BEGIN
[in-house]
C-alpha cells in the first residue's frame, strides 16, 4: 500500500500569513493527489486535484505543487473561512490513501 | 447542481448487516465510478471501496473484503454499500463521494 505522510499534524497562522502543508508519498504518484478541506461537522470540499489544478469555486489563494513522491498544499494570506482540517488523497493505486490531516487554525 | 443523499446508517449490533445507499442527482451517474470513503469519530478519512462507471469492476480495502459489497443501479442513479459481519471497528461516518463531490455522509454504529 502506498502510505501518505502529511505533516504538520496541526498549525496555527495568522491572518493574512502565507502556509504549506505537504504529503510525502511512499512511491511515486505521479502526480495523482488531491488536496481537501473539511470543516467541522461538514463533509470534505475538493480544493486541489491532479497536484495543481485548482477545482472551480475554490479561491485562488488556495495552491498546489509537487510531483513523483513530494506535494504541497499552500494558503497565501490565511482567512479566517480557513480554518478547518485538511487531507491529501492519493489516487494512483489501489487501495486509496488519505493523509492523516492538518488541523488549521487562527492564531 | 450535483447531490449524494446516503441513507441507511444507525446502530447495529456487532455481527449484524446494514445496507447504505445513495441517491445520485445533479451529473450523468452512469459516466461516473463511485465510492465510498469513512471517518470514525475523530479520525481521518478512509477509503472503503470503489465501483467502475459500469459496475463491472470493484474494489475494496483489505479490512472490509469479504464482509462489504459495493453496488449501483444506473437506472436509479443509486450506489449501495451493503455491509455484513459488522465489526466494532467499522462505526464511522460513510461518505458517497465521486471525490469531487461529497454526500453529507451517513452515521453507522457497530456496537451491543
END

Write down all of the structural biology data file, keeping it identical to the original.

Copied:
[in-house]
C-alpha cells in the first residue's frame, strides 16, 4: 500500500500569513493527489486535484505543487473561512490513501 | 447542481448487516465510478471501496473484503454499500463521494 505522510499534524497562522502543508508519498504518484478541506461537522470540499489544478469555486489563494513522491498544499494570506482540517488523497493505486490531516487554525 | 443523499446508517449490533445507499442527482451517474470513503469519530478519512462507471469492476480495502459489497443501479442513479459481519471497528461516518463531490455522509454504529 502506498502510505501518505502529511505533516504538520496541526498549525496555527495568522491572518493574512502565507502556509504549506505537504504529503510525502511512499512511491511515486505521479502526480495523482488531491488536496481537501473539511470543516467541522461538514463533509470534505475538493480544493486541489491532479497536484495543481485548482477545482472551480475554490479561491485562488488556495495552491498546489509537487510531483513523483513530494506535494504541497499552500494558503497565501490565511482567512479566517480557513480554518478547518485538511487531507491529501492519493489516487494512483489501489487501495486509496488519505493523509492523516492538518488541523488549521487562527492564531 | 450535483447531490449524494446516503441513507441507511444507525446502530447495529456487532455481527449484524446494514445496507447504505445513495441517491445520485445533479451529473450523468452512469459516466461516473463511485465510492465510498469513512471517518470514525475523530479520525481521518478512509477509503472503503470503489465501483467502475459500469459496475463491472470493484474494489475494496483489505479490512472490509469479504464482509462489504459495493453496488449501483444506473437506472436509479443509486450506489449501495451493503455491509455484513459488522465489526466494532467499522462505526464511522460513510461518505458517497465521486471525490469531487461529497454526500453529507451517513452515521453507522457497530456496537451491543